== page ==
We also have to be careful not to take away from these numbers more than is really there. The studies tell us very clearly the present situation, but they do not tell us the reasons behind the numbers. For example, the fact that many Americans left the Church because they didn’t find their spiritual needs being met doesn’t tell us why they believed this. But it does tell us, unequivocally, that Catholic parishes by and large are failing to meet their parishioners’ perceived spiritual needs. “How Great We Art” indeed.
So how should Catholics respond in the face of these daunting numbers? Unfortunately, three improper responses to this crisis have emerged in the past few decades. They are denial, despair, and desertion:
Denial: This appears to be the most common response by many Church leaders, both clergy and lay: ignoring or downplaying the problem and continuing to do the same things that got us into this mess. But one thing these numbers make clear: what we have done in the past few decades certainly doesn’t work. Continuing with the same strategy and expecting a different result is the definition of insanity.
Despair: Many faithful Catholics see how bad things are and just lose hope that the situation can ever be fixed; the problems of today can be overwhelming and appear unsolvable. So they make no effort to improve the state of affairs in their local parish or the greater Church.
Desertion: If things are so bad in the Church, some will conclude that perhaps it is not THE Church after all. This occurs with many Catholics-turned-Evangelical Protestants, as well as some who join “independent” Catholic churches not in communion with Rome.
What is the way forward? If denial, despair and desertion are not the proper Catholic response, how should Catholics react to the calamity of less than 10% of all baptized Catholics actually practicing their faith? In a word, determination.
Determination: The proper way to respond to these sobering numbers is to first face them squarely without whitewashing or downplaying them. The old adage, “The first step in solving a problem is acknowledging you have one” comes to mind. Second, we ask ourselves, “What can I do to make a more compelling case for Catholicism?” After all, the Faith spreads organically, person to person, so each Catholic has a duty to spread it to his or her own circle of influence. Finally, we must open ourselves to radical changes, including scrapping much of what we have done over the past few decades for something better.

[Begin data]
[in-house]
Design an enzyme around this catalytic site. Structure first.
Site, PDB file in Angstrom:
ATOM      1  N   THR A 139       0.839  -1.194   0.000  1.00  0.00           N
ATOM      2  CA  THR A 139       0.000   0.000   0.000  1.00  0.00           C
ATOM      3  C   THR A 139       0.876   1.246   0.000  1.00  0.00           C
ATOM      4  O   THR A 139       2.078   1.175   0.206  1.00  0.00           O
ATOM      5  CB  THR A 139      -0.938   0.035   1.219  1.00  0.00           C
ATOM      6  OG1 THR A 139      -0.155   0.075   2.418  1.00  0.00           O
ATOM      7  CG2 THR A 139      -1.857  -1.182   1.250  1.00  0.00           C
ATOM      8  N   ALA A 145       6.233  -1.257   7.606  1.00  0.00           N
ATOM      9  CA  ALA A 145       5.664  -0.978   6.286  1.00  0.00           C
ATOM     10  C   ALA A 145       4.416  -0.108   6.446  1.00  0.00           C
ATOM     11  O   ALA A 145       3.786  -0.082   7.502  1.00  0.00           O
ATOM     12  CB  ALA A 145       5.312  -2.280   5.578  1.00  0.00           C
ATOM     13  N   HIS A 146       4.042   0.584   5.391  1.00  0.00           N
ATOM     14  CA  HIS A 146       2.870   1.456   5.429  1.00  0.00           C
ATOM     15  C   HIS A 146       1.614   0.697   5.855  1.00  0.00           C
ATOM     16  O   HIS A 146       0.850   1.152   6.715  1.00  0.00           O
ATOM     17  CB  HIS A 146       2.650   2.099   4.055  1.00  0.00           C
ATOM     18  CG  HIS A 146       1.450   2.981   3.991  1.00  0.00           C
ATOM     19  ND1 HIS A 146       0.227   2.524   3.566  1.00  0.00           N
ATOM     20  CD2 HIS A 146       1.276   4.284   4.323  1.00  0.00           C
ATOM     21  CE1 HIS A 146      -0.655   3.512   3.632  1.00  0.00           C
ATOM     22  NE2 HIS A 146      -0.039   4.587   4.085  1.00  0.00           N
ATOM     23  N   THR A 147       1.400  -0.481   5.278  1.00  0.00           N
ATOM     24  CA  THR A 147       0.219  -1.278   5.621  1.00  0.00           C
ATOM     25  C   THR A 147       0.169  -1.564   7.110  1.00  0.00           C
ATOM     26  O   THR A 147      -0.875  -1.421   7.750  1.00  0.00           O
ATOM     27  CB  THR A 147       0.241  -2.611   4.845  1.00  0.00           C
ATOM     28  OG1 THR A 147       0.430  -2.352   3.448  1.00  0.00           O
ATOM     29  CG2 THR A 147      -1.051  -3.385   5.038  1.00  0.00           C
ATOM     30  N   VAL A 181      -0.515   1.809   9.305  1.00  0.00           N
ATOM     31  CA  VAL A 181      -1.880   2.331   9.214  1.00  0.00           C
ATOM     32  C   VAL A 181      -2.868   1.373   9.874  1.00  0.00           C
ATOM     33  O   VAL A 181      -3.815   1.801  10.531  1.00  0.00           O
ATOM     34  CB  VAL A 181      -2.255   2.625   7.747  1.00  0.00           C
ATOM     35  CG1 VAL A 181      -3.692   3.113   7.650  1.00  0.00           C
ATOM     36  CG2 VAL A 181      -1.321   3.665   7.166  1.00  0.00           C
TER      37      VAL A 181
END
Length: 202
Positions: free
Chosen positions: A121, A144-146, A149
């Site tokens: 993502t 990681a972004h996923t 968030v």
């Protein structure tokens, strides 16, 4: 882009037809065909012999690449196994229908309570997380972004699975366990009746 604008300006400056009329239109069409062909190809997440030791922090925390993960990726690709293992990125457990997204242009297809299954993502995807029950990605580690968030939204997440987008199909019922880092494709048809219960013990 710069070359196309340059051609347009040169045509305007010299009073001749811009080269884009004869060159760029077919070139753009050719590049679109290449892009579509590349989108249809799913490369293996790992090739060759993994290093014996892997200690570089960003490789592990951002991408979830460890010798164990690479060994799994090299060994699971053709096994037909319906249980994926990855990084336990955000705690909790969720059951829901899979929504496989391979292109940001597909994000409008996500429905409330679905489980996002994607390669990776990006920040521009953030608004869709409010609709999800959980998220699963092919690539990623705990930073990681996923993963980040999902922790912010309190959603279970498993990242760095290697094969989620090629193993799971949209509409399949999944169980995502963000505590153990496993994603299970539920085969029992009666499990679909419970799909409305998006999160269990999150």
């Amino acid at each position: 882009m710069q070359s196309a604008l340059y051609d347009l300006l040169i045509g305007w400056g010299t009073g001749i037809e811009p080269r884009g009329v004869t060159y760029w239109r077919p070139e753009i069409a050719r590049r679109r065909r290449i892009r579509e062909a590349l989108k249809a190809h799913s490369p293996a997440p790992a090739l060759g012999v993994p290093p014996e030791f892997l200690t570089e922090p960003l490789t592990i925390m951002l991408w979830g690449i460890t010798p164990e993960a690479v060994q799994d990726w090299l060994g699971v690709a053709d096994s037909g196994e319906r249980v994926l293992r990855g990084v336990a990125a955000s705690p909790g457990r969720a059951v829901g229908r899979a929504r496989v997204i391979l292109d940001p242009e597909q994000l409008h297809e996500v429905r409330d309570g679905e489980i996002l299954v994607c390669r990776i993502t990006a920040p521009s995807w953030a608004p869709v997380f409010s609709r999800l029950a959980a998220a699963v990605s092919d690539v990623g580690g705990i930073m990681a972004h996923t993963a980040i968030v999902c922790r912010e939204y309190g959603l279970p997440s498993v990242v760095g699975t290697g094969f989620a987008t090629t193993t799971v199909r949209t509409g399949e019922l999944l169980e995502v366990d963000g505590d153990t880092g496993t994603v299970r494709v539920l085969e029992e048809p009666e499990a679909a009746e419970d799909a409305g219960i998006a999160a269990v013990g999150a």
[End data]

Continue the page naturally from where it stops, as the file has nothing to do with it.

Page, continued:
Of course the debate then becomes “What is better?” There is not sufficient space here to detail possible solutions, but two principles should be kept in mind:
- Just as we’ve used quantitative data to arrive at the conclusion that something’s wrong, any new initiative should also be objectively analyzed. If a new marriage preparation program is started, for example, the divorce rate among its participants should be tracked to see if it is reduced.
- New initiatives should tap into the deep reservoir of Catholic Tradition. The Church through the centuries has been the greatest evangelizing institution the world has ever seen, so we do not need to re-invent the wheel. Although times may change, human nature does not. Looking to evangelist Saints like Francis Xavier and Boniface would be a good place to start when it comes to re-evangelizing Catholics in America.
The stark truth found in various recent surveys is that Catholicism is not attractive anymore to a massive number of Americans. The Catholic Church in America for the past few decades is like Willie Mays in the twilight of his career – a once great player that is no longer so. One can simply ignore the facts and keep putting this shadow of greatness into the lineup day after day. The better option, however, is to recognize the reality shown by his numbers and put in a younger, better player – one who plays more like Mays did in his prime. The ways the Church has been doing things for the past few decades have been proven to be ineffective; we must be bold enough to recognize this and take them out of the lineup.
Let’s rebuild the ways of living and preaching the Catholic Faith that converted Empires, nations, and people all around the world.
Eric Sammons, a former Evangelical, entered the Catholic Church in 1993. He is the father of seven children and author of seven books, including The Old Evangelization: How to Spread the Faith Like Jesus Did.